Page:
Rolex is a war cry for style aficionados. But how did this extraordinary luxury watch get its name? It was intended to be recognizable and effective in advertising, according to the wishes of the company's founder Hans Wilsdorf. He exemplified the internationality of the brand early on. He moved from the Franconian town of Kulmbach to the French-speaking part of Switzerland and, after initial successes as a seller of precision watches, set up his own business in London. In 1908, the Rolex brand name was officially registered. Today, it is considered by many to be a U.S. watch, in part because U.S. actors such as Paul Newman and Sean Connery wore it - but its home is in Switzerland.
Currently available Rolex Submariner watches
The record breaker among luxury watches
At a time when wristwatches were still mistrusted - "How could a watch be accurate and reliable in such a tiny case, exposed on the wrist to risks such as dust, dirt, shock, pressure?" - the visionary Wilsdorf placed all his hopes on his Rolex. The name - rumor has it - could be derived from the French "horlogerie exquisite." A creative mind and shrewd early brand strategist, Wilsdorf paved the way for a classic with a memorable label and a clear figurative mark, the five-pointed crown. In addition to outstanding quality standards that are still relevant today, he created benchmarks as a smart businessman. He knew what made his customers tick. He addressed the concerns of the time from 1920 onward by issuing convincing accuracy certificates. As soon as the waterproof Rolex Oyster was presented in 1926, marketing professional Wilsdorf took advantage of the nimbus of prominent contemporary witnesses for his own advertising purposes. When the British swimmer Mercedes Gleitze set off on her Channel crossing, she was accompanied by a Rolex Oyster. Although Mercedes had to give up shortly before the finish line due to weather conditions, the Oyster proved to be in good spirits and as accurate as the proverbial Swiss watch, even after 8 hours in the cold Channel water. Wilsdorf quickly publicized his grandiose image success in a sensational PR campaign on the front page of London's Daily Mail. From then on, things went steeply uphill. The Rolex Submariner, launched in 1953 with water resistance to 100 meters, later to 300 meters, was followed by the Sea-Dweller (which today is water-resistant to 3,900 meters) and the Oyster Perpetual Day Date. Another Rolex finest hour came on January 23, 1960, when Jacques Piccard dove to a depth of 10,916 m in the Mariana Trench - with a Rolex on his wrist, of course.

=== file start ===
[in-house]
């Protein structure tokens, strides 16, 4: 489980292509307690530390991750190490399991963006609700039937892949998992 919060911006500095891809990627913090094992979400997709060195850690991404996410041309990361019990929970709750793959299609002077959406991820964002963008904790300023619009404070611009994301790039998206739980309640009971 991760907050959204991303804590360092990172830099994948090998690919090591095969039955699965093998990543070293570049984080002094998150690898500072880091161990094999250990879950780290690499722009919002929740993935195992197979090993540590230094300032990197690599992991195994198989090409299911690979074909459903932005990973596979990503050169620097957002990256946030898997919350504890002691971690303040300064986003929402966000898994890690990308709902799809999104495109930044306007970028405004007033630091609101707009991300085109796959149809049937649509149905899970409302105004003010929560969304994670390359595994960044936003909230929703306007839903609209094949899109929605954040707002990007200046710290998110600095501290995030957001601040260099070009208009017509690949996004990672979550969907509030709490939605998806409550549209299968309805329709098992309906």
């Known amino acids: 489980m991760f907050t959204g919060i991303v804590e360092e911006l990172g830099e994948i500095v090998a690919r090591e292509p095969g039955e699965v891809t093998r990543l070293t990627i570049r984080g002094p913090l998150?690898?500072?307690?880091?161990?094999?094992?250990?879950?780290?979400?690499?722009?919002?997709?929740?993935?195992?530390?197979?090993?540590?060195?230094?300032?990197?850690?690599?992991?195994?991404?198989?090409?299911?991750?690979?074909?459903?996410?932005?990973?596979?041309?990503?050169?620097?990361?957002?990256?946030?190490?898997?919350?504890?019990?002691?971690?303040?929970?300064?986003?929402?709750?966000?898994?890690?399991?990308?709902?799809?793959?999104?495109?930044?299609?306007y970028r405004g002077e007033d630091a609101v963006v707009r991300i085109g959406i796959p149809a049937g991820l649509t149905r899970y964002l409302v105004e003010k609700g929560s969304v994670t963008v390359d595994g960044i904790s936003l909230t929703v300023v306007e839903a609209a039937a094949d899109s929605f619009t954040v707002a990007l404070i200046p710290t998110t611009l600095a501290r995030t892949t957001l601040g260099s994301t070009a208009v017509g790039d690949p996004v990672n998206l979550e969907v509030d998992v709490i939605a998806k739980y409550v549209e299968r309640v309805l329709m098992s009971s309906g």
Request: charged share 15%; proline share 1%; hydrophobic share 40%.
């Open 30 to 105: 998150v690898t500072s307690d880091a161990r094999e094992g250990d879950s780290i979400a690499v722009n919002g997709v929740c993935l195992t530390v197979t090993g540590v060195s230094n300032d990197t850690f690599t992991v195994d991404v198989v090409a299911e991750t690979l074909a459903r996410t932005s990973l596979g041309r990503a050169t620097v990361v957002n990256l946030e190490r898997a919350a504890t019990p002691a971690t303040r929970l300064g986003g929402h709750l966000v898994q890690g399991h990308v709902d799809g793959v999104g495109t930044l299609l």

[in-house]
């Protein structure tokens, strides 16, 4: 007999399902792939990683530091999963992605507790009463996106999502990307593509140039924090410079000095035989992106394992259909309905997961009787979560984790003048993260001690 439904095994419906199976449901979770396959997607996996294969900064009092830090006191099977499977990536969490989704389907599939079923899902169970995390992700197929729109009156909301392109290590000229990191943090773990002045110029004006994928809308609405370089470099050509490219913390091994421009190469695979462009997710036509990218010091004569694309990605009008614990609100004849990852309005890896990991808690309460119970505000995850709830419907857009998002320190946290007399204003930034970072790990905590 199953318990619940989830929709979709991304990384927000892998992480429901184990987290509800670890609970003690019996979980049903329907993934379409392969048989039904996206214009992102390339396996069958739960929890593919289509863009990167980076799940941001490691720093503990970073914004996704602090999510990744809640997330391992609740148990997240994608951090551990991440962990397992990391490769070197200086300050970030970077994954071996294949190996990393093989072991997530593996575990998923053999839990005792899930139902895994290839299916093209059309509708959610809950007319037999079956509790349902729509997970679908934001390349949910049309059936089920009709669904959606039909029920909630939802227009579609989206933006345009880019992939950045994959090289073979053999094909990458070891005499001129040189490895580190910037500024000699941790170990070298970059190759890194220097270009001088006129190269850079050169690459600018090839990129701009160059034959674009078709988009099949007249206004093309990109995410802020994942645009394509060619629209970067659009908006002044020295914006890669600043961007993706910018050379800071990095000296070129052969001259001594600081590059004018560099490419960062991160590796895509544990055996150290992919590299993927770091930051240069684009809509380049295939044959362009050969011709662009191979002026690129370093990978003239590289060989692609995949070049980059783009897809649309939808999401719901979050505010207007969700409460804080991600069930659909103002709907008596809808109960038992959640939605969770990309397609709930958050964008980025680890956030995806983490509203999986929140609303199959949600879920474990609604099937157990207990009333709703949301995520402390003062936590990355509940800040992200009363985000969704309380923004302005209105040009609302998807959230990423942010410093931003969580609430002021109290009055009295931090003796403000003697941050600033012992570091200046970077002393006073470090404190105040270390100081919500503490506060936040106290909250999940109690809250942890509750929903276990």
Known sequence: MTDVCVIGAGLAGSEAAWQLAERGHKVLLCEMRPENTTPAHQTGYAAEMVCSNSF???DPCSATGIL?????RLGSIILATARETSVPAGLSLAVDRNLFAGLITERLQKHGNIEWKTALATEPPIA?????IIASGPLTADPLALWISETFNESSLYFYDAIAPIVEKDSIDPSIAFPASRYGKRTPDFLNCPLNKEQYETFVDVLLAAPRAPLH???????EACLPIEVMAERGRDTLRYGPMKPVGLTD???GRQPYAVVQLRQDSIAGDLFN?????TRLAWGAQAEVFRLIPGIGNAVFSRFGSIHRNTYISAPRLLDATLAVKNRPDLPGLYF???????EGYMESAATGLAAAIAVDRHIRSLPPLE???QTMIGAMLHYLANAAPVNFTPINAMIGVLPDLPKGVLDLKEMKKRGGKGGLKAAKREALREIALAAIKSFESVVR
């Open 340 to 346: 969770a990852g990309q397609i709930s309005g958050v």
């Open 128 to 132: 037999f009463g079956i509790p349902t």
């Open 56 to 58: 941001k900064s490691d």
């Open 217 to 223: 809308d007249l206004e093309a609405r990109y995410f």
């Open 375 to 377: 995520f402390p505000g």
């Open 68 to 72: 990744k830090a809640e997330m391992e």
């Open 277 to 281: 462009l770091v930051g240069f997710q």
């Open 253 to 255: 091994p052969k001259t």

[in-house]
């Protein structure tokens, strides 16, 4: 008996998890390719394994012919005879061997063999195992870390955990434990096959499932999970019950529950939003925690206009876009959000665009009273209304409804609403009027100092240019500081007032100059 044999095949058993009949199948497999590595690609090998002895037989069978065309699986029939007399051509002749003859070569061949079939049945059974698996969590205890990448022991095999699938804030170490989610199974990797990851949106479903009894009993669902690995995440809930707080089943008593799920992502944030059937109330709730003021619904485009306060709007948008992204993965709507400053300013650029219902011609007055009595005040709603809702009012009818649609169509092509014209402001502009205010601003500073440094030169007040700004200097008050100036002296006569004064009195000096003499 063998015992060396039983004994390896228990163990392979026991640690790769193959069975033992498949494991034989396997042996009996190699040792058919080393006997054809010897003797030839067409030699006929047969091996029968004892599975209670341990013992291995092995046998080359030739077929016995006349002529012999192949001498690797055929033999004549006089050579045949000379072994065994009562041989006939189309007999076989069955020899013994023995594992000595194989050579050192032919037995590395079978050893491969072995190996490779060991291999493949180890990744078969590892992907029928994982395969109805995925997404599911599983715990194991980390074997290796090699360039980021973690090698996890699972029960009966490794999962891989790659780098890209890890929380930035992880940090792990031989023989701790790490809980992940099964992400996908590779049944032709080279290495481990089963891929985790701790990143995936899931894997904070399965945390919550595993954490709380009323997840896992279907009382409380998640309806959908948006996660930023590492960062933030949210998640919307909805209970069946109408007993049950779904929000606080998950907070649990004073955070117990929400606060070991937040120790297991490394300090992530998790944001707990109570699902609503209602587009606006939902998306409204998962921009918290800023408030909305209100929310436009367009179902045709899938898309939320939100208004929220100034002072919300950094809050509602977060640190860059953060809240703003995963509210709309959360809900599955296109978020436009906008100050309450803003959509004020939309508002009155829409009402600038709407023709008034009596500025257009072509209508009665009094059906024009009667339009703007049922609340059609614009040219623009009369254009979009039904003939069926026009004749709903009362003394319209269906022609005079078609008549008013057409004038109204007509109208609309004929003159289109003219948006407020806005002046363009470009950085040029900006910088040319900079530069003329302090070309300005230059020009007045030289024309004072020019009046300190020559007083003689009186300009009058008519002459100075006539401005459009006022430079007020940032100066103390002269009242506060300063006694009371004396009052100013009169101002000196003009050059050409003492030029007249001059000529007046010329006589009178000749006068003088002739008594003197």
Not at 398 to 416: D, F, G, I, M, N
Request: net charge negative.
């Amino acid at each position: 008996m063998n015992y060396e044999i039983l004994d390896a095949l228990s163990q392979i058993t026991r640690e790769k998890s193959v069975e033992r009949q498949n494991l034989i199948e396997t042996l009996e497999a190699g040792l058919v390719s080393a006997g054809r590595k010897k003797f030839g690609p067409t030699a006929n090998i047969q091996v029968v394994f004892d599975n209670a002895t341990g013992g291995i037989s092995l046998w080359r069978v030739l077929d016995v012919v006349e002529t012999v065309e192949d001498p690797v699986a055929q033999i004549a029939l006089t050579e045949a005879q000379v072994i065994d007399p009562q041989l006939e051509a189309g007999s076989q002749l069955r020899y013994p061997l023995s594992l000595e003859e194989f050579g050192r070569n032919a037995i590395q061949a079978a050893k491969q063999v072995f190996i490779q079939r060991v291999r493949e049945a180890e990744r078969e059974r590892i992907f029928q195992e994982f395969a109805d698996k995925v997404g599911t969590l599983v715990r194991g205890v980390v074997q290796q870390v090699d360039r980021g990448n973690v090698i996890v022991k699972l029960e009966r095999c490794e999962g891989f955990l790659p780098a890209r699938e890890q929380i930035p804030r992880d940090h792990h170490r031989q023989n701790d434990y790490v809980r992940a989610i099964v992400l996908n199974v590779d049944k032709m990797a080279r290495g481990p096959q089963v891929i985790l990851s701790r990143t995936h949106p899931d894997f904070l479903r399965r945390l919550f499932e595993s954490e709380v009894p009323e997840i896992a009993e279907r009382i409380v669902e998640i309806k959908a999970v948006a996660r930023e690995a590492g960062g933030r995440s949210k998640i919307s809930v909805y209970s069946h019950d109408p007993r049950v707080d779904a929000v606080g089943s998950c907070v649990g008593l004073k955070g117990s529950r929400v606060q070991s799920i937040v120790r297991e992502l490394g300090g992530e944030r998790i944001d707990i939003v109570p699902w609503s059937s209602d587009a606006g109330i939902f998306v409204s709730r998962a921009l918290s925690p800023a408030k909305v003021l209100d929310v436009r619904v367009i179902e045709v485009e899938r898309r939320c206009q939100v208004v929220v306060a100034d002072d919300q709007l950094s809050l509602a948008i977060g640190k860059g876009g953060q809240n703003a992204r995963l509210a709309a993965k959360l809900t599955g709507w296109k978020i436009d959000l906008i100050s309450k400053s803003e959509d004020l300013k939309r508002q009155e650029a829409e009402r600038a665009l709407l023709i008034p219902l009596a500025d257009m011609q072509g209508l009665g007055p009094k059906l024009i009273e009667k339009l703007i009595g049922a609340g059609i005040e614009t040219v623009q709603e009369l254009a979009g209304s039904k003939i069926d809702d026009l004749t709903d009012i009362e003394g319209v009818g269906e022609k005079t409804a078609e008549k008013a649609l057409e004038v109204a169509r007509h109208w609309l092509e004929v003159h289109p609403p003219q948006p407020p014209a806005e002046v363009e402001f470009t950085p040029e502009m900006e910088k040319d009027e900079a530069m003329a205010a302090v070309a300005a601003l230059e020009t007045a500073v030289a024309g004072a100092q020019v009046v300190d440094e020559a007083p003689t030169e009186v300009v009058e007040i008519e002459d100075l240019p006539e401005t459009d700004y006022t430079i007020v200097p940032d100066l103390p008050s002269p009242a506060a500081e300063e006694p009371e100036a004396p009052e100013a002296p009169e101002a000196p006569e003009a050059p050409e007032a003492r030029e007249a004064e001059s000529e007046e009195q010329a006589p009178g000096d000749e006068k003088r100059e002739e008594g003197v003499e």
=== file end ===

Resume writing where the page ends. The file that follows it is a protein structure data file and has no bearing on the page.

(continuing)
What makes the Rolex Submariner a classic in the underwater world?
At the 1954 Basel Watch Fair, the sensation was complete: everyone's attention was drawn to a wristwatch with a black dial and luminous numerals, hands, seconds counters, an easy-grip rotating bezel, scratch-resistant sapphire crystal and a double-secured twinlock crown: the Rolex Submariner - "The Diver's friend." Later on, the dial and bezel were also designed in blue and green, and the bracelets in steel, white or red gold, and in bi-color. A prominent date display in the viewing window was added to the Submariner Date. A label becomes a classic because it never changes shape, design, or functional quality over the course of decades, and yet continues to generate new enthusiasm in each generation. Fresh and immortal through premium standards, originality and bold novelty. As vintage models, luxury watch classics like the Submariner hardly lose value, sought-after watches and rarities achieve growth. A criterion that HORANDO always keeps in mind when you buy watches online.
The Submariner recipe for success: reaching for the (underwater) stars
When you buy a watch on the internet, you will encounter a luxury watch that not only serves extreme athletes and the diving professionals of the British and Canadian Navy faithfully. In the underwater world, however, it reveals its true capabilities. Its rotating bezel and 60-minute graduation, which clearly identifies dive and compression time even in low-light environments, and its serrated and therefore grippy outer rim (diving gloves!) can save lives when in doubt. Make friends with it - it's never too deep (but also not too shallow) for a Rolex Submariner.